1955 · United States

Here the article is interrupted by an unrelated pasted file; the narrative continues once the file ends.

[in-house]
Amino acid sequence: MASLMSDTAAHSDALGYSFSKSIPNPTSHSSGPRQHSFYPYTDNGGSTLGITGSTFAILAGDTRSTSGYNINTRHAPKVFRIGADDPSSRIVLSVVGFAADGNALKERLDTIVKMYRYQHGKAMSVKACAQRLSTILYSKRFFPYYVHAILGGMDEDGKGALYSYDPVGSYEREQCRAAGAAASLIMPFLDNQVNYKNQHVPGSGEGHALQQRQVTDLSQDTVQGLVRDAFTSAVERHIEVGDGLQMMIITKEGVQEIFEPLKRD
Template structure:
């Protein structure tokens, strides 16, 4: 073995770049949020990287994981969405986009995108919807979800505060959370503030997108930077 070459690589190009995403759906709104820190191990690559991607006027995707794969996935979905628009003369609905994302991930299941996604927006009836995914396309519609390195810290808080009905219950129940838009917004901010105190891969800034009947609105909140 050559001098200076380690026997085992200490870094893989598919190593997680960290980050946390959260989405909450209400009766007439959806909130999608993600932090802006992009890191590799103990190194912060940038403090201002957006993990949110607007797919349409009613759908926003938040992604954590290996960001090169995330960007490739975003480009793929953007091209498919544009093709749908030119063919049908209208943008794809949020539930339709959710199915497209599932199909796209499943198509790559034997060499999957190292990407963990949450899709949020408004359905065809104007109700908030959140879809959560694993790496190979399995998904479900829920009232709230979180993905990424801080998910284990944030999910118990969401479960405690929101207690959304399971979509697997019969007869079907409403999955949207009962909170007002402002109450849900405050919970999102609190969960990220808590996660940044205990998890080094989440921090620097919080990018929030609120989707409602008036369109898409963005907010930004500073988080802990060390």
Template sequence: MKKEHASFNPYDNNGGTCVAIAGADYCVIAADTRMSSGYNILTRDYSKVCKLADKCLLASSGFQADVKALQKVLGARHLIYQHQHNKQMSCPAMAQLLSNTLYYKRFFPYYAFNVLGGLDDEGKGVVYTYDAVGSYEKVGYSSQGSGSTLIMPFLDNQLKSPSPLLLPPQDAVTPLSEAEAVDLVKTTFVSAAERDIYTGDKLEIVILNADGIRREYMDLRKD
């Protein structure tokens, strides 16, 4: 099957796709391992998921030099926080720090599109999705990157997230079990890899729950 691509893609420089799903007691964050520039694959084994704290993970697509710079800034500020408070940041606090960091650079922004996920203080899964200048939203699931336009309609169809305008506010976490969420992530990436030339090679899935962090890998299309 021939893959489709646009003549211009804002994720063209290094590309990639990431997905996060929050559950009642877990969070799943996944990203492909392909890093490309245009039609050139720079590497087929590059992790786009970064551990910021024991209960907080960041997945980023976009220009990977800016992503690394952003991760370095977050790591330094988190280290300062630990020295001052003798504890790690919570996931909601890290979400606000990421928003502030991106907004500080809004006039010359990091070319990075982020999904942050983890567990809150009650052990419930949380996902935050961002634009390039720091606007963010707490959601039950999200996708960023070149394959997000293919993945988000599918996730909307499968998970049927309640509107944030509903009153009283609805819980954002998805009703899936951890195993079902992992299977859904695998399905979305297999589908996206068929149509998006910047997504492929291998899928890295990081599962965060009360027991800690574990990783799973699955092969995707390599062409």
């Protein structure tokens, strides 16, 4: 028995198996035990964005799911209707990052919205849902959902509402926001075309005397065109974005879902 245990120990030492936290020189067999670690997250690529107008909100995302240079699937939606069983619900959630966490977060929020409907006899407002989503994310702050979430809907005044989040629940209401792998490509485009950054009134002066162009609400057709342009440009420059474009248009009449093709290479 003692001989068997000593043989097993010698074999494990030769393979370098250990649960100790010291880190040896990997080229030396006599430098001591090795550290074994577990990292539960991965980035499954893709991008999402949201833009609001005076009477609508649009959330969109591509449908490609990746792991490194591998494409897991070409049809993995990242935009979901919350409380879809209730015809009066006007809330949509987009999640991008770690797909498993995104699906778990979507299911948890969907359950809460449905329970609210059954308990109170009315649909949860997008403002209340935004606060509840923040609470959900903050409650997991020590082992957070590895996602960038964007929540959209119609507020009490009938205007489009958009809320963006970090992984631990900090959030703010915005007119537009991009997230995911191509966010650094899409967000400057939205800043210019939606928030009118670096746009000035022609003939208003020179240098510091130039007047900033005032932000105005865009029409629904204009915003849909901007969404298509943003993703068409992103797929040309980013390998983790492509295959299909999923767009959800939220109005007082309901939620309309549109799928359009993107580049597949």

Christopher Wool is a major figure in the current American art scene. He is particularly known for his work of post-conceptual and abstract influence which explores the concept of painting. His best-known works are paintings that represent letters in bold stenciled. Born September 16, 1955, in Boston, Massachusetts, Christopher Wool dropped out of school and joined the New York Studio School. With his peers, including Jean-Michel Basquiat, Julian Schnabel, Cindy Sherman, Christopher Wool contributed from the 1980s to rethink the limits of Fine Art. He quickly introduced into his canvases graffiti techniques, such as stencils or spray paint, then serigraphs and paint rollers. One of the hallmarks of Christopher Wool’s work is visual impact. The figures, conceptual and abstract forms in color or in black and bold appear on a minimalist white canvas background. Since the 2000s, the evolution of the pictorial process includes repetition combined with conceptual methods and mediums such as spray, ink for screen printing, and digital reproduction. Wool’s work plays with these mixtures, between pop, underground influence, and minimalist rigor, which is also expressed by a range of colors deliberately limited to black, gray, white, also recalling the world of graffiti. His most recent paintings include a dimension of improvisation and the superimposition of techniques that together give a unique sense of freedom. The work of Christopher Wool is internationally recognized and has been the subject of numerous exhibitions including those at the Museum Boymans van Beuningen (Rotterdam) in 1991, the Museum of Contemporary Art (Los Angeles) in 1998, and the Ludwig Museum (Cologne) in 2009, among others. Wool also participated in the Venice Biennale in 2011 and the Solomon R. Guggenheim Museum in New York dedicated a retrospective to him in 2013.